, NAIROBI, Kenya, May 26 – Kenya Commercial Bank (KCB) will continue to look for more partnership opportunities with organisations, schools and other institutions in its quest to help raise Kenya’s vegetation cover to desired levels, Chief Executive Martin Oduor-Otieno has said.
Speaking after leading the bank’s staff in planting over 5,000 trees at Karura Forest to mark KCB Community Day, the Chief Executive said that the level of environmental degeneration had reached alarming levels and that tackling such problems required joint efforts by the Government, the private sector, and communities.
“With a dismal vegetation cover at just less than 2 percent, Kenya should to be grateful to God that she has not experienced any devastating climatic catastrophe. All we ever experience is prolonged drought but somehow we pull through,” said Mr Oduor-Otieno.
Through a partnership with stakeholders in the region, KCB has pushed through its green agenda working with both private organisation and through communities in which the bank operates. The bank has been at the fore front working with the Kenya Forest Service to plant trees across the country. Since 2005, the bank has planted over 250,000 seedlings in an effort to increase the country’s forest resources.
Recently, the bank, in partnership with the Nairobi City Council (NCC) launched an environmental stewardship initiative dubbed ‘The Green Wave’ aimed at planting and maintaining trees in schools managed by the City Council. The bank has so far invested Sh1.6 million in the Green Wave Programme that will initially involve 10 primary schools in Nairobi under direct management by the NCC.
The bank is also financing awareness campaigns in these schools to share critical knowledge with the schools as a way of ensuring the success of the programme.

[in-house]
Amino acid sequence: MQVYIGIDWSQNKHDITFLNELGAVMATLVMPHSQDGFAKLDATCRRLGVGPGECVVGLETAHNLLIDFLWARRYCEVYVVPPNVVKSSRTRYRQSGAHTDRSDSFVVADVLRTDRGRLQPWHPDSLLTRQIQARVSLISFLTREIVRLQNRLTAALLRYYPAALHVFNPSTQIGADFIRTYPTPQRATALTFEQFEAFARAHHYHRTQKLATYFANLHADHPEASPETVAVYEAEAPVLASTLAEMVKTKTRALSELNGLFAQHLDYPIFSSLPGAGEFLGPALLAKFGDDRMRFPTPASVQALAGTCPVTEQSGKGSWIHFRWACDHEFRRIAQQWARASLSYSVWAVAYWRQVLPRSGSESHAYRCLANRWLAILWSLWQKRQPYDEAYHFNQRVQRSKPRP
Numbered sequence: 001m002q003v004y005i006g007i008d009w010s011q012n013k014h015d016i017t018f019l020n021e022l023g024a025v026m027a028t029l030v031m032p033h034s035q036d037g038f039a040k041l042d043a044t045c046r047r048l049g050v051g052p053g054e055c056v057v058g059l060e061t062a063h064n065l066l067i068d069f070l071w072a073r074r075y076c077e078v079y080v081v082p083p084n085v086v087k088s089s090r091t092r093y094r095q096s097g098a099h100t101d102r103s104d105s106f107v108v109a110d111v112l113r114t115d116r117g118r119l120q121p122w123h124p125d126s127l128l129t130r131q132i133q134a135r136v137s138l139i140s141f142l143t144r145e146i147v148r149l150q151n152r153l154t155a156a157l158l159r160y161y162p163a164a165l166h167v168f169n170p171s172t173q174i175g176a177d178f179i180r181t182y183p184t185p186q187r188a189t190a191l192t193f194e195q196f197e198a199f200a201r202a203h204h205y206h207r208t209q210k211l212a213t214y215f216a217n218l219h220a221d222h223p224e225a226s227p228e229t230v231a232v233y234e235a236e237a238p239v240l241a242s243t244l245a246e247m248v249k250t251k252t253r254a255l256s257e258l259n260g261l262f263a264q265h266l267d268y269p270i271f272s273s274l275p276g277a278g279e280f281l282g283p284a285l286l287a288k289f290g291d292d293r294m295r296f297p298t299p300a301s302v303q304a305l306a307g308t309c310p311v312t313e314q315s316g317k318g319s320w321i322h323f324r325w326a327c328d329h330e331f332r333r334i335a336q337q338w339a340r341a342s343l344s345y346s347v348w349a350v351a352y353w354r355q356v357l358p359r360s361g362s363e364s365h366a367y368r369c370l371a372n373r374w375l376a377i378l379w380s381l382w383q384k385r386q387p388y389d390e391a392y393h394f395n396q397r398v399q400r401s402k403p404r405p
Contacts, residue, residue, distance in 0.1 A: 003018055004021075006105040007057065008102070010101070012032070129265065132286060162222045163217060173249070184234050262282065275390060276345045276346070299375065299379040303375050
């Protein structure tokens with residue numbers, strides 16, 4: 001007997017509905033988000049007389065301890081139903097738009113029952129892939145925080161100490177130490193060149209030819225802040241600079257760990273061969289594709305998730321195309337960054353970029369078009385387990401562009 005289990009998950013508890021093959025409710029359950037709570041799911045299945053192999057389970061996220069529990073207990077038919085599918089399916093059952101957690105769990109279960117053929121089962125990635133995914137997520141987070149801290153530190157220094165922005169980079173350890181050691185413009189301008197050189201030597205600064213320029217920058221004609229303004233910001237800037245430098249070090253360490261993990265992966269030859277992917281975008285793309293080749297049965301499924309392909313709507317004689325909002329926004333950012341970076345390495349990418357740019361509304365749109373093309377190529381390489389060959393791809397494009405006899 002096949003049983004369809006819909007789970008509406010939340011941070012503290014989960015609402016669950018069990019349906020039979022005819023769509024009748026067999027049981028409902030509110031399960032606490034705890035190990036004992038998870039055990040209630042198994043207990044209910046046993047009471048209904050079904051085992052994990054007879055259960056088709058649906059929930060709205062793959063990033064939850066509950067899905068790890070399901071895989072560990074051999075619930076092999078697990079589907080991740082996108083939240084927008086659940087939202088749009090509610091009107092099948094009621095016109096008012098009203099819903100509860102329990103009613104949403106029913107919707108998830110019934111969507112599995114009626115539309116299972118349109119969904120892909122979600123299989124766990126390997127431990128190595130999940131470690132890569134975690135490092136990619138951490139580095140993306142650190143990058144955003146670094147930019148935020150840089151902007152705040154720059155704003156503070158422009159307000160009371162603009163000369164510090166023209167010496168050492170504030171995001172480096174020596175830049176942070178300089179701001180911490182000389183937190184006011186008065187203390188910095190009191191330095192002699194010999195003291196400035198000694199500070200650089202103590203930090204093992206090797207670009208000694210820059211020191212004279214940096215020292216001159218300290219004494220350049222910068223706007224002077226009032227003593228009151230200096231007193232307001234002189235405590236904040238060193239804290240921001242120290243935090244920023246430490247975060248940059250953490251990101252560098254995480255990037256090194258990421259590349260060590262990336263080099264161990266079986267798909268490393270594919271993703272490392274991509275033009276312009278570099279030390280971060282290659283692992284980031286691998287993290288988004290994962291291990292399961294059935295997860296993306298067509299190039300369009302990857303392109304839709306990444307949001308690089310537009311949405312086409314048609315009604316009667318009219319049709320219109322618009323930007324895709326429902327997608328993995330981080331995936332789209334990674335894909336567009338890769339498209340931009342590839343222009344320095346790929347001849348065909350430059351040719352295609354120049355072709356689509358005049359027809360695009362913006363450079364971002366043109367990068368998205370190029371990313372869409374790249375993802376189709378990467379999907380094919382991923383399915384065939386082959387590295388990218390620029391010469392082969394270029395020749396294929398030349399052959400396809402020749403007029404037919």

“We have a target to plant one million trees in the region. As part of that effort we are encouraging and creating partnerships that will engage and involve the grass-root populations to plant more trees. During our next community day we intend to invite schools, communities around where we do business, and even our customers to join us in this noble cause,” said Mr Oduor-Otieno.
During this year’s community day, the bank spent close to Sh10 million to plant over 200,000 seedlings in Kenya, Tanzania, Uganda, Rwanda and Sudan.
Mr Oduor-Otieno said that following the adoption of sustainability reporting, KCB was committed to a sustainable business management framework that ensures its operations do not lead to further destruction of the environment, and that the bank would ensure sustained environmental involvement through its environmental charter.
“The KCB Green Agenda is not only about embracing business practices that are eco-friendly but also carrying out initiatives that will reduce the negative impacts of our business to the ecosystem. In a nutshell, we want to play our part in protecting the environment which will in turn save us money and make our business more profitable and sustainable,” he concluded.